‘For this book Jimmy Adams has drawn together 240 of Breyer’s games and many of his newspaper and magazine articles, which are translated into English for the very first time. He wrote beautifully – it’s quite amazing that 90 years on, a player’s musings about chess still seem fresh and thought provoking. I particularly enjoyed his article on the mathematical value of pieces (a mistaken conception in Breyer’s view) and a very original way of assigning mathematical values to squares. As for his games, despite his poor health, he was an uncompromising fighter – his play reminds me of Pillsbury’s in that regard – and he produced some stunning games.’

Grandmaster Matthew Sadler
New in Chess Magazine

*    *    *    *    *

‘Today the young players’ goal in their chess journey is the rating.  After a tournament, many just consult their smart phones incessantly to know if they gained 10-15 points, or if they reached master level (which in the US is 2200). This is their only chess understanding. They don’t see the artistic side, the creative process which makes each chess game unique, and which makes the human spirit something different from all the other animals living on this earth.

The author describes Breyer well on page 8 in the following passage: “But Breyer was not satisfied with merely scoring points and winning prizes, he wanted to explore the vast untapped potential of chess, to expand its horizons, to take it where no one had taken it before – to its outermost limits!”

This book on Breyer is amazing. By today’s standards he is an unknown player who died young. But with many other important names like Alekhine, Nimzowitsch, and Réti, Breyer has contributed to chess by bringing it to the next stage: the “hypermodern revolution”.

. . . When I got this book I thought I was just adding another biography to my shelf of chess biographies.  Instead I discovered, thanks to Adams’ meticulous work, a world of chess ideas I had ignored. Breyer was clearly a genius ahead of his time, and his early death did not help the popularization of his ideas.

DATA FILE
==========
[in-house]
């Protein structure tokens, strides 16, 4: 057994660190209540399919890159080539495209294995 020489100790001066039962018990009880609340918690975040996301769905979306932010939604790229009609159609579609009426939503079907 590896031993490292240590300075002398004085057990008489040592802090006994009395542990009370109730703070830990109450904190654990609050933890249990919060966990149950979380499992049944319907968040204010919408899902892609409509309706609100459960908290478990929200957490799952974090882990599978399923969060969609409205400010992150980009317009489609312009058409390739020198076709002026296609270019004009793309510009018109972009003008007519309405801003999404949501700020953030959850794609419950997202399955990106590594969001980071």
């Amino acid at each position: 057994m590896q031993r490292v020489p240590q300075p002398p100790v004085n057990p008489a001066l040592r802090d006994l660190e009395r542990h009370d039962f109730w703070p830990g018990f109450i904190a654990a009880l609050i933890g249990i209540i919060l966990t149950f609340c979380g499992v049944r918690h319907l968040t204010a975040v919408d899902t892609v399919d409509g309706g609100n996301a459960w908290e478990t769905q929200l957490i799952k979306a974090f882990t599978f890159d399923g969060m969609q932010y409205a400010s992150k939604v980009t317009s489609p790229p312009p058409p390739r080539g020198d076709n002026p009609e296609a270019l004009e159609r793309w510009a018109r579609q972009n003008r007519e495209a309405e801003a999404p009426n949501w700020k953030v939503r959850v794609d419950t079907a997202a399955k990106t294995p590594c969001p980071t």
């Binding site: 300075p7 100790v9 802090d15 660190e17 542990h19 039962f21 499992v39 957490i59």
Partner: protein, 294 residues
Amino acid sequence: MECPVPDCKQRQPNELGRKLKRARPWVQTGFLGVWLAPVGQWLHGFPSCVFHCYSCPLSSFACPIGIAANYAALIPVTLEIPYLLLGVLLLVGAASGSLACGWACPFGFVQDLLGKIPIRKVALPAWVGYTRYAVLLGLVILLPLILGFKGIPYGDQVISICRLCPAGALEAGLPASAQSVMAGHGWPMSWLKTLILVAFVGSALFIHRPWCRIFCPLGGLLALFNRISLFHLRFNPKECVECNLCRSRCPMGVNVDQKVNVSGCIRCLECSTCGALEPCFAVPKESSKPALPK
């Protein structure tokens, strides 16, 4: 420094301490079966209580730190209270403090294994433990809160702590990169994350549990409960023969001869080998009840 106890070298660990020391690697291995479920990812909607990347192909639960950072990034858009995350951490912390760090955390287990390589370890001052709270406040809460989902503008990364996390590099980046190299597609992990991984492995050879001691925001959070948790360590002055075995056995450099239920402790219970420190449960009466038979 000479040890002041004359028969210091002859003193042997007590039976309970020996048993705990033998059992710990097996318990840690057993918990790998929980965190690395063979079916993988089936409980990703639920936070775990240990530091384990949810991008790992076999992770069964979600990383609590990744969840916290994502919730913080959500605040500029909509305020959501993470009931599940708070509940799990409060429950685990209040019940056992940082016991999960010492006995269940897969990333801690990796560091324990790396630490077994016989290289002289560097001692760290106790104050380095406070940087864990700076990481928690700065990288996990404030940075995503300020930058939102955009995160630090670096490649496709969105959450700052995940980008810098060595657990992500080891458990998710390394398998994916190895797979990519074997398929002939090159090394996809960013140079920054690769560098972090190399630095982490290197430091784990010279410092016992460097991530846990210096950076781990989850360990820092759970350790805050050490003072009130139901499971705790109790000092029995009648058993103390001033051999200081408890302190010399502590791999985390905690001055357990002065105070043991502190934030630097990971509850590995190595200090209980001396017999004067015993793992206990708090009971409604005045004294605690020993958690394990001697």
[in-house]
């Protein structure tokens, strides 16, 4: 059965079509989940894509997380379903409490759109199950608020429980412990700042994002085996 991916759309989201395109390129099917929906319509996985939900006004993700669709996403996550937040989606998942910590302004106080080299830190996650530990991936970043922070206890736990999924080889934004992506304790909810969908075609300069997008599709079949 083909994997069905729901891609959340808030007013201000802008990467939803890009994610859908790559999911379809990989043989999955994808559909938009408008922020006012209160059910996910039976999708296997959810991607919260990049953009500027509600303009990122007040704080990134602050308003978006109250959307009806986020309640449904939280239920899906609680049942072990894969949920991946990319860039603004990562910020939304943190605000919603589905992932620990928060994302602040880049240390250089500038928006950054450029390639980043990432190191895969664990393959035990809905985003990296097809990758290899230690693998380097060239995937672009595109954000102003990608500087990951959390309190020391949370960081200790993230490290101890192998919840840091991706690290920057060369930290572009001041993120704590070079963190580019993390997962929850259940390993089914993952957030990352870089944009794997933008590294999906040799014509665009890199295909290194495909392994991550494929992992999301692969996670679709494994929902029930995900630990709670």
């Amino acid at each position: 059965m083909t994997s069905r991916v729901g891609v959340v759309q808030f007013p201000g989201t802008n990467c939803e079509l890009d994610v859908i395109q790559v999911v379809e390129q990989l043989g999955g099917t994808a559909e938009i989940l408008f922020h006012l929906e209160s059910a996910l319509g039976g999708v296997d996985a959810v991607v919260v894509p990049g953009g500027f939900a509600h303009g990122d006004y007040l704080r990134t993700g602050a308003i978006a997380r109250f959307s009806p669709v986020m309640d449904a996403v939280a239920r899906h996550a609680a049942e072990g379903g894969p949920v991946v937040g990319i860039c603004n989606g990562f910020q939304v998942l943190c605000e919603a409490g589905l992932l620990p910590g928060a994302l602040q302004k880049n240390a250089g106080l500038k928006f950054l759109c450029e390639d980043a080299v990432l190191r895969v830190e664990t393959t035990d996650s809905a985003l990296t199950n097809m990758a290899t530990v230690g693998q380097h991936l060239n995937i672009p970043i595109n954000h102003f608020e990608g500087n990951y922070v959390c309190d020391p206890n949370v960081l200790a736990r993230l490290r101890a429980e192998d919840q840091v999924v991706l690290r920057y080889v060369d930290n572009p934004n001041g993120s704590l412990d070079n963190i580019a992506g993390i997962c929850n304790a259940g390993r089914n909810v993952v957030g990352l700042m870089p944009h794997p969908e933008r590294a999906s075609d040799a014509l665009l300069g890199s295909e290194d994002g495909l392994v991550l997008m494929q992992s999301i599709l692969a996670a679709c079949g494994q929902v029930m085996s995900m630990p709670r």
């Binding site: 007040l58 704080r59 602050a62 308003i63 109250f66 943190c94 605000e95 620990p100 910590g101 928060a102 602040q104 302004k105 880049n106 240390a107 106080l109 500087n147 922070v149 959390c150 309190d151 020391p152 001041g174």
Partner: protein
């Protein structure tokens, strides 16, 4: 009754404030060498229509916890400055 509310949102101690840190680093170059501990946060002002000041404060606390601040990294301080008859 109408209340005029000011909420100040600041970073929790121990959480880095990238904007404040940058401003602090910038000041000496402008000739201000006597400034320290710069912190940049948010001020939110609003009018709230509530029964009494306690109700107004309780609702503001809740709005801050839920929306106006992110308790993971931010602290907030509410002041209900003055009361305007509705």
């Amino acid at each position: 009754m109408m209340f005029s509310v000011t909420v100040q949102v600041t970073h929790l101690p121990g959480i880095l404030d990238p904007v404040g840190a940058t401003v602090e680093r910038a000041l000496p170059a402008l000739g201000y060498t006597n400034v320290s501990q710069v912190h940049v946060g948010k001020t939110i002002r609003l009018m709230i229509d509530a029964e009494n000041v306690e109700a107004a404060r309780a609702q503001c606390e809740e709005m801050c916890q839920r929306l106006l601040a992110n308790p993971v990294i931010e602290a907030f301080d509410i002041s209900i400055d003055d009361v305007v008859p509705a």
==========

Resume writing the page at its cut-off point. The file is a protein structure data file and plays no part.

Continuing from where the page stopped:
. . . It is a work of research and a collage. Adams has taken ancient magazines (likely nowadays impossible to find), books, and articles written by or about Breyer, and of course all the annotated games he could find, to create this masterpiece.

The games are annotated by different master players, and Adams has checked the validity of the analysis and provided more when necessary.

. . . I have two other books compiled by Jimmy Adams, one on Chigorin and the other on Zukertort. I love them too!’

Davide Nastasio
Georgia Chess News

*    *    *    *    *

‘Top Class. . . Another labour of love from Jimmy Adams and New In Chess. It’s a doorstop of a book over 800 pages, 200+ games and a biography of an influential player. The games have contemporary notes in the main and having them all in the one place, in English, saves you from needing ancient magazines and newspapers. The book is well printed, hardcover and well bound. One of the best chess books of recent times.’

B.W. Thew

*    *    *    *


A rich selection of material from the book, including my own personal six-page appreciation of Breyer, is presented in PDF format here.


*    *    *    *


I’d like to conclude by dedicating the lyrics of the following number to Mr Edward Winter.




And now the end is near

And so I face the final curtain

My friend, I’ll say it clear

I’ll state my case of which I’m certain


I wrote a book that’s full

I travelled to each and every library

But more, much more than this

I did it my way


Mistakes, I’ve made a few

But then again, too few to mention

I did what I had to do

And saw it through without exemption


I planned each chaptered course

Each careful step along the Breyer way

And more, much more than this

I did it my way


Yes there were times, I’m sure you knew

When I bit off more than I could chew

But through it all, when there was doubt

I ate it up and edited it out

I checked it all and I stood tall

And did it my way


I’ve cheered, I’ve cursed and cried

I’ve had my fill, my share of boozing

And now, as hangovers subside

I find it all so amusing


To think I did all that

And may I say not in a shy way

Oh no, oh no not me

I did it my way


For what is a man, what has he got?

If not himself, then he has naught

To speak his mind and not excuse

The words of one who reviews

The record shows I took the blows

And did it my way


 Yes it was my way. . . 

Important note: Any similarity of these lyrics to Paul Anka’s original version should be considered purely coincidental and unintentional . . .

Sinatra lives! And also replies. . .  
Ne credo, quia absurdum!
In plain-talking American this means “You gotta be kidding!” So I must state categorically that the Kingpin version is a total fake and want to reassure my fans that I will continue to sing the song my way.’
‘Thank you ladies and gentlemen. So glad to be here with you on this occasion to put the “record” straight. . . ’